Sermon Audio & Transcript
Grace mercy and peace from God our father and from our Lord and Savior Jesus Christ, Amen.
A lot of games that we played as children are based on the idea of passing something on. In a relay race, the runners have to pass the baton from one to the other. The most challenging part of the race oftentimes is passing that baton. The exchange can be so tricky, even in the Olympics last summer one of the teams dropped to the baton, and another team was disqualified because they pass the baton outside of the zone where it was supposed to happen. In the game of football, nearly every play begins by the center passing the ball to the quarterback, and it continues with the quarterback passing or handing off or pitching the ball to another player. The passing on of the ball is a crucial and key element in football, and even in the game of tag, there’s something that you have to pass on. Nobody really knows what it is but it’s whatever makes someone it. It has to be passed on from one player to the next, and if you are it, you have to find someone to pass it on to.
The apostle Paul tells us that he is passing something on but, it’s not a child’s game. It’s not even a grown-ups game. It is as precious as the person of Jesus Christ, and it is as valuable as the forgiveness of sins. What the apostle Paul passed on to the people of Corinth was this; he said that he received it from the Lord, and he also passed on to you, the Lord Jesus on the night he was betrayed. Paul receive those truths of the Lord’s supper from God himself, from Jesus Christ, and he passes them on to the Corinthians, and the Holy Spirit has seen fit to in to inspire this word and to preserve this word so that it would be passed on to us as well. This wonderful teaching about this wonderful meal, and tonight the relay continues. As we remind ourselves and each other, and as we refresh our memory of what this meal is. Repent and turn to Jesus has been our theme — for the Wednesday services during the season of Lent, and tonight we continue that theme by saying this: repent and turn to Jesus, and receive a special assurance of his forgiveness.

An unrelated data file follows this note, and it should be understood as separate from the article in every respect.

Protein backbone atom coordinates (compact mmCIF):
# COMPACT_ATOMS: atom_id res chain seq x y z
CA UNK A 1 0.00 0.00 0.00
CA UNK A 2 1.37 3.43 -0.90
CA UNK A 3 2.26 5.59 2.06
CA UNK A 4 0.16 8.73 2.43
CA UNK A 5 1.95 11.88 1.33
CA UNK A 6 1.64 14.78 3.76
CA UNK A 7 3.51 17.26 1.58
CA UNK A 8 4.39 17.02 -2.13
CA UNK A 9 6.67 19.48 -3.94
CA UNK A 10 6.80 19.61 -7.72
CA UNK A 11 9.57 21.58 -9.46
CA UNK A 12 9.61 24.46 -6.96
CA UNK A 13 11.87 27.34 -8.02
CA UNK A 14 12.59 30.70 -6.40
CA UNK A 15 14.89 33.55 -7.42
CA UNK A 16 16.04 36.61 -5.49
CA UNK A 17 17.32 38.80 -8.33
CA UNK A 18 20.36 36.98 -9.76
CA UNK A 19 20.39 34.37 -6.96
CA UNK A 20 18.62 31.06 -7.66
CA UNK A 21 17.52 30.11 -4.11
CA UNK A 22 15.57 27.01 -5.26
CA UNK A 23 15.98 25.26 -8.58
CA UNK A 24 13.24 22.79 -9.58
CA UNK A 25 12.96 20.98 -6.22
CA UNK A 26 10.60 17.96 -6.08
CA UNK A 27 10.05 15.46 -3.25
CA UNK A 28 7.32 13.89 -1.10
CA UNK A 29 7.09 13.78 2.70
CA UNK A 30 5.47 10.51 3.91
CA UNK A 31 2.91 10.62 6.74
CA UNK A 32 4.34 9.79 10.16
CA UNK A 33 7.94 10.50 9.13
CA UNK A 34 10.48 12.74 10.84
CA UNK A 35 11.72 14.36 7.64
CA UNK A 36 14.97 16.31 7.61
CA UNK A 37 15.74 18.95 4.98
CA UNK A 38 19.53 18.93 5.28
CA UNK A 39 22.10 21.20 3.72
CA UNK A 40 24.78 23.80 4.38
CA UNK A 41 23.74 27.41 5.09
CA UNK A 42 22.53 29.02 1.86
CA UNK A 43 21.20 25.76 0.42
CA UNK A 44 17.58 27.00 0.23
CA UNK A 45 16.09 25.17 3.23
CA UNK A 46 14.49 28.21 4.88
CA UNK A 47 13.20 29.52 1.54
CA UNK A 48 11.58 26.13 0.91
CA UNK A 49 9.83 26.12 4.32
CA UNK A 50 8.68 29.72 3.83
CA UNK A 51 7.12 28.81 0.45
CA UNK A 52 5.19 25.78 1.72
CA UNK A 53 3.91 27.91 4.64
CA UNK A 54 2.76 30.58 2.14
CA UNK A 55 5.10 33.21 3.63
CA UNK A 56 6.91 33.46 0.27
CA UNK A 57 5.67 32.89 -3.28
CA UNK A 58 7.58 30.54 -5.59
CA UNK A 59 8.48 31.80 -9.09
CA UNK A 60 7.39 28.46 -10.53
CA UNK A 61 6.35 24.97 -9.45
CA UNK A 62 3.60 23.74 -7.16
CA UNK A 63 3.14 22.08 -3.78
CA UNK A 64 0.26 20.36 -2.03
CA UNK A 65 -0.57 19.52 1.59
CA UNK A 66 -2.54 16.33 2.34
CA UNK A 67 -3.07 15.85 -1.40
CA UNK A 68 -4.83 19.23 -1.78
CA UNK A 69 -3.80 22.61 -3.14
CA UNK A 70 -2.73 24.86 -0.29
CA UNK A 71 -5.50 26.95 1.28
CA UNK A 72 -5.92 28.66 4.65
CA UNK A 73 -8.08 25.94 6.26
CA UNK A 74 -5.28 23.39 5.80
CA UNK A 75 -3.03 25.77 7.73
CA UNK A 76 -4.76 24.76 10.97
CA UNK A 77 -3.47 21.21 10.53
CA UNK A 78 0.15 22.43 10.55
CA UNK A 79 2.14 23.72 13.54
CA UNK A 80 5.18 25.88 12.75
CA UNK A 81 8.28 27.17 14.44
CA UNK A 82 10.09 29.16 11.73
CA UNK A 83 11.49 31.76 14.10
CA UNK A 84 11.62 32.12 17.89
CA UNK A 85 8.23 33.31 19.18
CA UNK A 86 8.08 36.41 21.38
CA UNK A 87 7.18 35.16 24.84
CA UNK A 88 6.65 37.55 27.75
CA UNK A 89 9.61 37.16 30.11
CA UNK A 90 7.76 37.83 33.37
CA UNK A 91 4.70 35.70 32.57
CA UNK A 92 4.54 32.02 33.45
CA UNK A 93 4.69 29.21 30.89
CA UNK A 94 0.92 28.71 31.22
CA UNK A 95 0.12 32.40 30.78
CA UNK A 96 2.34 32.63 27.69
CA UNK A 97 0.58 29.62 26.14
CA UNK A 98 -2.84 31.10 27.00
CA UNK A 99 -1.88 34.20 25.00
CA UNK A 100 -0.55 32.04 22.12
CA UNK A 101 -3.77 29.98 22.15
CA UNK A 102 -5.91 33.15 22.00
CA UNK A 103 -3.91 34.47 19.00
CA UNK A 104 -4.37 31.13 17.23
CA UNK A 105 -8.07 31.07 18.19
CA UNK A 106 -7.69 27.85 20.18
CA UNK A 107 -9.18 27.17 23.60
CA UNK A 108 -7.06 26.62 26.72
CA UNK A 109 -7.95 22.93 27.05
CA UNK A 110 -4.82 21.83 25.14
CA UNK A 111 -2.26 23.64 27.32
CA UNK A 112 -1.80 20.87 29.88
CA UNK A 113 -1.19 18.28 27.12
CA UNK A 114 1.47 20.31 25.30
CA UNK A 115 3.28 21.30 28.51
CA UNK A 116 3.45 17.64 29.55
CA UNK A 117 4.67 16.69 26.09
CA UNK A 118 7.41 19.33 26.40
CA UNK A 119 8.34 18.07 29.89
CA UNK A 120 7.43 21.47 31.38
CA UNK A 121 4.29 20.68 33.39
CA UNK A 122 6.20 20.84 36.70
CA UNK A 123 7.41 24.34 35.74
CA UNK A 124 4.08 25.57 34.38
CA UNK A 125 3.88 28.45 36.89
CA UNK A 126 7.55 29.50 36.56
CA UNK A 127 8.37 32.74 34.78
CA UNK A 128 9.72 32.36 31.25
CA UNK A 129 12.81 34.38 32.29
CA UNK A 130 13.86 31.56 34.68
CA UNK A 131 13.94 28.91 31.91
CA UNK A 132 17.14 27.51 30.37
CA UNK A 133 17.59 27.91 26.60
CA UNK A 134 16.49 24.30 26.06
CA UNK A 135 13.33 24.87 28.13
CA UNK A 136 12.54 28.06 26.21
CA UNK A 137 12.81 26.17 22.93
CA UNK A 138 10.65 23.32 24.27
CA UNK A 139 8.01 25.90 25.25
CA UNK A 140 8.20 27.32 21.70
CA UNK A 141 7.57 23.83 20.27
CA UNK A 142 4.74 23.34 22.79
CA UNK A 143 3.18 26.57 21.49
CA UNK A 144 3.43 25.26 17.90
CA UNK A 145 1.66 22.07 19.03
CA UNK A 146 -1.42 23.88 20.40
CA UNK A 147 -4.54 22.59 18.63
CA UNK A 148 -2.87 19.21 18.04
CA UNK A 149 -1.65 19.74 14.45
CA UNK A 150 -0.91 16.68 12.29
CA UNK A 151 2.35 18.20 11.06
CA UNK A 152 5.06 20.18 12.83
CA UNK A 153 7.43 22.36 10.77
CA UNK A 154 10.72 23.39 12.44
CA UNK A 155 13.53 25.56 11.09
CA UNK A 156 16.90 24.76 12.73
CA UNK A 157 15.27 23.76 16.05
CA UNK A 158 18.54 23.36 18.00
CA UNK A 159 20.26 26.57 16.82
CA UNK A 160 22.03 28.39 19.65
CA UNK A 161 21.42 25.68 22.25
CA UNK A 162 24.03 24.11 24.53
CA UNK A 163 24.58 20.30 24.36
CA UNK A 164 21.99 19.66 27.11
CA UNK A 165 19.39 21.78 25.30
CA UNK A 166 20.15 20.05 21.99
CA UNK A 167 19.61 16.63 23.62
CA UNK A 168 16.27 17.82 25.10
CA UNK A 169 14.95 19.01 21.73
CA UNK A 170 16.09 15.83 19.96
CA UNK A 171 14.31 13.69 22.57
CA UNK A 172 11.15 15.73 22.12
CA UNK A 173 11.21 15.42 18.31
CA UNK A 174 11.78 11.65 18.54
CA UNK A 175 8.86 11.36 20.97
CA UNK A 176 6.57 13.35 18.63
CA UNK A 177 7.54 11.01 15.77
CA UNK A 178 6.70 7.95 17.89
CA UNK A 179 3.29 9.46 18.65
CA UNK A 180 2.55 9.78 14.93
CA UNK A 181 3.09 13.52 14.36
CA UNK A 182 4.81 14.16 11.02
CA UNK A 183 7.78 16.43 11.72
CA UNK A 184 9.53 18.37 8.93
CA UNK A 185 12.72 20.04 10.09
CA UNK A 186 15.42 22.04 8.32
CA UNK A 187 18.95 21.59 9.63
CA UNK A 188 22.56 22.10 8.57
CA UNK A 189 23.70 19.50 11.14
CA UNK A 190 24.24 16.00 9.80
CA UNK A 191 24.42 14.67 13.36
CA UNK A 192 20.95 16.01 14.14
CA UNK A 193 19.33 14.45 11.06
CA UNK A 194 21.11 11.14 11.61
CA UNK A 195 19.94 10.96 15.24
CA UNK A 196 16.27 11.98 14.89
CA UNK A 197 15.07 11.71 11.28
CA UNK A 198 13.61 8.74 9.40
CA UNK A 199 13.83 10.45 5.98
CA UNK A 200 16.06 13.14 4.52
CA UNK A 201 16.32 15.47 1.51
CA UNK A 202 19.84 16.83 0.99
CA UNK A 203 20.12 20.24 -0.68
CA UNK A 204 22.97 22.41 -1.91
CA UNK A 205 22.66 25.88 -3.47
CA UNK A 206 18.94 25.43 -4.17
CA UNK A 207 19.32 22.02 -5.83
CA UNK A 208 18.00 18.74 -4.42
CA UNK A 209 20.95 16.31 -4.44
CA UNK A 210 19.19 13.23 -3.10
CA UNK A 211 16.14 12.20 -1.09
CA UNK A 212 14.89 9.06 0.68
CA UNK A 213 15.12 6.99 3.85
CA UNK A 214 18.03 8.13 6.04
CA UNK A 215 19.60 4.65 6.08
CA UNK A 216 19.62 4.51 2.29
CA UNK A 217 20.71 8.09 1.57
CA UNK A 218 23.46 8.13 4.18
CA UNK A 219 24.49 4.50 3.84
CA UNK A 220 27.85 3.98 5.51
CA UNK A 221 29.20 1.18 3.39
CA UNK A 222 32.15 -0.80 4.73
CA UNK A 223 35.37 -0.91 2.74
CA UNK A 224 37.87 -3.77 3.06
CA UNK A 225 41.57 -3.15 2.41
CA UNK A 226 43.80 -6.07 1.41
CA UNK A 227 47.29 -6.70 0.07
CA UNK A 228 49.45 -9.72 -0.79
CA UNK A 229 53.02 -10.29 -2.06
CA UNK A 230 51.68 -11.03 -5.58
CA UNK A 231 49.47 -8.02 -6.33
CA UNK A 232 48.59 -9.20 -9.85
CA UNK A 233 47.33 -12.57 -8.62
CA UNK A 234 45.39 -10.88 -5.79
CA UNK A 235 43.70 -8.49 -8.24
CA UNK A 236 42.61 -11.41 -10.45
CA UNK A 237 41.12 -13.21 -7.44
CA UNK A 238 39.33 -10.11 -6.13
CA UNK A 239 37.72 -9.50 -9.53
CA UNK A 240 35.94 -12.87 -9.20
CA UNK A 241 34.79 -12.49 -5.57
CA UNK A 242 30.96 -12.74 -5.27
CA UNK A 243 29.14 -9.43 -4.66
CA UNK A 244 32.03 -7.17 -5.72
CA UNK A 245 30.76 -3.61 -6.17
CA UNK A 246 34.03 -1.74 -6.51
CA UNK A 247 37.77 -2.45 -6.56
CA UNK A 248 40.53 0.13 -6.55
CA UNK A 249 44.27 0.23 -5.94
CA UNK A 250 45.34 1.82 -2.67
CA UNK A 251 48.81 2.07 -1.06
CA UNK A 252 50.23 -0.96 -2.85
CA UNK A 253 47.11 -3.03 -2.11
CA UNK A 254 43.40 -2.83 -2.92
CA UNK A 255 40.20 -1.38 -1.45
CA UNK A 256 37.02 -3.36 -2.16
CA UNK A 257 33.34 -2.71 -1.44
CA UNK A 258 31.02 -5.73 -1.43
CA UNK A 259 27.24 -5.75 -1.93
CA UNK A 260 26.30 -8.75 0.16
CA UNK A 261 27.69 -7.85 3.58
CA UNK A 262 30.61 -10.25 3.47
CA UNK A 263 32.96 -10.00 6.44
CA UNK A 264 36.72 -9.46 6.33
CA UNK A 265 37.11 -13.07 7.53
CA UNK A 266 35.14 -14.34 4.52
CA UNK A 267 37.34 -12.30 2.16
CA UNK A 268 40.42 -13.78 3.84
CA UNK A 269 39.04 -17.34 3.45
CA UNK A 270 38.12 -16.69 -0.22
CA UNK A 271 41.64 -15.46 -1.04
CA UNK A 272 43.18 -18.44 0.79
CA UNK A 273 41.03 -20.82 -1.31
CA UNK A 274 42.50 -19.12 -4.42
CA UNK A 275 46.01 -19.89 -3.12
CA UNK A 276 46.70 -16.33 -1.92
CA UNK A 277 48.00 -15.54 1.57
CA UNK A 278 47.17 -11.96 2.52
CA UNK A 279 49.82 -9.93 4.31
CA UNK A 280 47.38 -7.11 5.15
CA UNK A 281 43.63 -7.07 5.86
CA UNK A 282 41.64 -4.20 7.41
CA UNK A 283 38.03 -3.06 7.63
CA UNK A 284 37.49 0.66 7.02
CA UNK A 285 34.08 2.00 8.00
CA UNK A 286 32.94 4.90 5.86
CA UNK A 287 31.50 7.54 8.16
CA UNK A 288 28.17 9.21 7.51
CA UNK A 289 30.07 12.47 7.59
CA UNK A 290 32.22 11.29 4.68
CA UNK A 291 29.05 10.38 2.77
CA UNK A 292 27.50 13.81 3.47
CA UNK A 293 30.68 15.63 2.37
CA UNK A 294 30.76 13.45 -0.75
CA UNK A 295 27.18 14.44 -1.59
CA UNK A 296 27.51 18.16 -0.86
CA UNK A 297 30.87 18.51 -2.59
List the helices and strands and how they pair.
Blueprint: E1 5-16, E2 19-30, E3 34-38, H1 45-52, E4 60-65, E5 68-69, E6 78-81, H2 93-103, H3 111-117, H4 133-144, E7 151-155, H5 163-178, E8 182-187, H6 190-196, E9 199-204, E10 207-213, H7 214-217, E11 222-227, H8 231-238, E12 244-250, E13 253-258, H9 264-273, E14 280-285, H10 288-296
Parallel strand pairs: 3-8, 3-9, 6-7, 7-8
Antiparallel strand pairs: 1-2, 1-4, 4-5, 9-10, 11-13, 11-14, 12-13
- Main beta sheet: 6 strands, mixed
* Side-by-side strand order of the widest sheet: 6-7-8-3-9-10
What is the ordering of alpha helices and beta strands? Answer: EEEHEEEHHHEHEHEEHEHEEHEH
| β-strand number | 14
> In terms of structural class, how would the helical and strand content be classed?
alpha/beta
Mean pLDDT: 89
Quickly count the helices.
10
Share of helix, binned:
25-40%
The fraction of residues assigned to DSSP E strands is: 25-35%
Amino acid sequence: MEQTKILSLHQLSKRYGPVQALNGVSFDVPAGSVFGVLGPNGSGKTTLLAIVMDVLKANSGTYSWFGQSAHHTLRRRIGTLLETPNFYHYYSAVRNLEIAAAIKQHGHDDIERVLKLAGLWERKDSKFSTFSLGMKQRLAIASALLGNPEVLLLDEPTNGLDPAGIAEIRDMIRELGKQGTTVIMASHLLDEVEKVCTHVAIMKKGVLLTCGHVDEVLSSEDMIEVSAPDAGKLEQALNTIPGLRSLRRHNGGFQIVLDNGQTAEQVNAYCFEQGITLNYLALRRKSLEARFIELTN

If there ever was a church that desperately needed a refresher course in what the Lord’s Supper is, it was the Corinthians. They had botched their celebration of the Lord’s supper terribly. It is thought that the Lord’s supper meal would be preceded in Corinth by something called the agape. The meal in which kind of like our potlucks. Everyone would bring some food to share; they would eat together. And then perhaps at the end of it, or in some places perhaps in be in the beginning as they started the celebration, they would have the Lord’s supper. But it was in some way connected with this big meal. And what would happen? Far too often it was used as an excuse for some to drink too much. It was used by some as an excuse to eat too much. There was jostling for position. There were people claiming they should go first before the others. It sounds like what they had rather than the Lord’s Supper was a free-for-all celebration of gluttony. Drunkenness and gluttony was not the Corinthians only issue. Some of them were using it as an opportunity to show off their divisions. To show why their party was better than the others. Some of them in Corinth would say, “I follow Paul.” Others would say, “I follow Apollo’s.” Some would say I follow Peter and there were others who even claimed superiority by saying I don’t follow any of those guys. I follow only Christ. And so instead of celebrating a holy communion, they were celebrating an unholy disunion. Instead of a wonderful unity that was rooted in God’s word, they were squaring off into factions. They were trying to sanctify their love-less-ness and self-indulgence before the Lord’s altar. No wonder the apostle Paul writes before the close of Chapter 11, that is why many of you are sick, and some of you have fallen asleep. The Lord’s Supper had become the Corinthian’s supper, and they were not blessed because of it. They were sinning spiritually and suffering bodily.